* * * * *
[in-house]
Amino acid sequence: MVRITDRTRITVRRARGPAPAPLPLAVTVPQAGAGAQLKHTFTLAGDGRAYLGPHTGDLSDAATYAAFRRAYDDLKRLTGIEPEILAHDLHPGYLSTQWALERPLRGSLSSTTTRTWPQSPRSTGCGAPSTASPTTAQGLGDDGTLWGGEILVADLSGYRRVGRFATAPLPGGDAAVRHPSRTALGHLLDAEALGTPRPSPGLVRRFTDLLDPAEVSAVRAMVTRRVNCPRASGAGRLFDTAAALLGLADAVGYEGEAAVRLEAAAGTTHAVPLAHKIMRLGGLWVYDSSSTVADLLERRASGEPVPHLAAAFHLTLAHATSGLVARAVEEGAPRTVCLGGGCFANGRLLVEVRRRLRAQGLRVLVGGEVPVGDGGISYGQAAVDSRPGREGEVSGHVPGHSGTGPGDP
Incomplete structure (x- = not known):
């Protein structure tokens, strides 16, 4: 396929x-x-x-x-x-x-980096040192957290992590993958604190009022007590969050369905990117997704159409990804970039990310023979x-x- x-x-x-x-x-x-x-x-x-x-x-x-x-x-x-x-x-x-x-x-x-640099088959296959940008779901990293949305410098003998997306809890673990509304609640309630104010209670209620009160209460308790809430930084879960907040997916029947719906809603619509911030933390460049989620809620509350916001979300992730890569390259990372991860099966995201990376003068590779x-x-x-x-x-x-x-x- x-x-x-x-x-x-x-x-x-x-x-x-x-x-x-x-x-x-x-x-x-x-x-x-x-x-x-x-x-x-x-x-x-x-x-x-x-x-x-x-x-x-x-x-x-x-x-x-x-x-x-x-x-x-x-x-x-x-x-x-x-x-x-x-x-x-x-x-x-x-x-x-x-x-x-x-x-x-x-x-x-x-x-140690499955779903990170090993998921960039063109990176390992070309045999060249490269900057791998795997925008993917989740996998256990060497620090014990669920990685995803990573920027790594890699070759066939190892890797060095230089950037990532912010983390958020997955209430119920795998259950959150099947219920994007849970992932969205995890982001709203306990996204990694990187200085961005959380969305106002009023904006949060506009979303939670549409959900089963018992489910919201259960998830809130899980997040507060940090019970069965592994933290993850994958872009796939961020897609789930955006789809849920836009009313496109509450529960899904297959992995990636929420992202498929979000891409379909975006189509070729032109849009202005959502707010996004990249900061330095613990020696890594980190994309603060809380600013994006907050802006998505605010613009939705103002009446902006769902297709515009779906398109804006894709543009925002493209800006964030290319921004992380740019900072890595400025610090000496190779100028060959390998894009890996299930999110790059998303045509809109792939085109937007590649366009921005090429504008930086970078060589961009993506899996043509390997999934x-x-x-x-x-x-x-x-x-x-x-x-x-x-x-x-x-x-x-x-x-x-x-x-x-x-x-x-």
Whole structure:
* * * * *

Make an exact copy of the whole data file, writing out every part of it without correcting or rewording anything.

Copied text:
[in-house]
Amino acid sequence: MVRITDRTRITVRRARGPAPAPLPLAVTVPQAGAGAQLKHTFTLAGDGRAYLGPHTGDLSDAATYAAFRRAYDDLKRLTGIEPEILAHDLHPGYLSTQWALERPLRGSLSSTTTRTWPQSPRSTGCGAPSTASPTTAQGLGDDGTLWGGEILVADLSGYRRVGRFATAPLPGGDAAVRHPSRTALGHLLDAEALGTPRPSPGLVRRFTDLLDPAEVSAVRAMVTRRVNCPRASGAGRLFDTAAALLGLADAVGYEGEAAVRLEAAAGTTHAVPLAHKIMRLGGLWVYDSSSTVADLLERRASGEPVPHLAAAFHLTLAHATSGLVARAVEEGAPRTVCLGGGCFANGRLLVEVRRRLRAQGLRVLVGGEVPVGDGGISYGQAAVDSRPGREGEVSGHVPGHSGTGPGDP
Incomplete structure (x- = not known):
């Protein structure tokens, strides 16, 4: 396929x-x-x-x-x-x-980096040192957290992590993958604190009022007590969050369905990117997704159409990804970039990310023979x-x- x-x-x-x-x-x-x-x-x-x-x-x-x-x-x-x-x-x-x-x-x-640099088959296959940008779901990293949305410098003998997306809890673990509304609640309630104010209670209620009160209460308790809430930084879960907040997916029947719906809603619509911030933390460049989620809620509350916001979300992730890569390259990372991860099966995201990376003068590779x-x-x-x-x-x-x-x- x-x-x-x-x-x-x-x-x-x-x-x-x-x-x-x-x-x-x-x-x-x-x-x-x-x-x-x-x-x-x-x-x-x-x-x-x-x-x-x-x-x-x-x-x-x-x-x-x-x-x-x-x-x-x-x-x-x-x-x-x-x-x-x-x-x-x-x-x-x-x-x-x-x-x-x-x-x-x-x-x-x-x-140690499955779903990170090993998921960039063109990176390992070309045999060249490269900057791998795997925008993917989740996998256990060497620090014990669920990685995803990573920027790594890699070759066939190892890797060095230089950037990532912010983390958020997955209430119920795998259950959150099947219920994007849970992932969205995890982001709203306990996204990694990187200085961005959380969305106002009023904006949060506009979303939670549409959900089963018992489910919201259960998830809130899980997040507060940090019970069965592994933290993850994958872009796939961020897609789930955006789809849920836009009313496109509450529960899904297959992995990636929420992202498929979000891409379909975006189509070729032109849009202005959502707010996004990249900061330095613990020696890594980190994309603060809380600013994006907050802006998505605010613009939705103002009446902006769902297709515009779906398109804006894709543009925002493209800006964030290319921004992380740019900072890595400025610090000496190779100028060959390998894009890996299930999110790059998303045509809109792939085109937007590649366009921005090429504008930086970078060589961009993506899996043509390997999934x-x-x-x-x-x-x-x-x-x-x-x-x-x-x-x-x-x-x-x-x-x-x-x-x-x-x-x-």
Whole structure: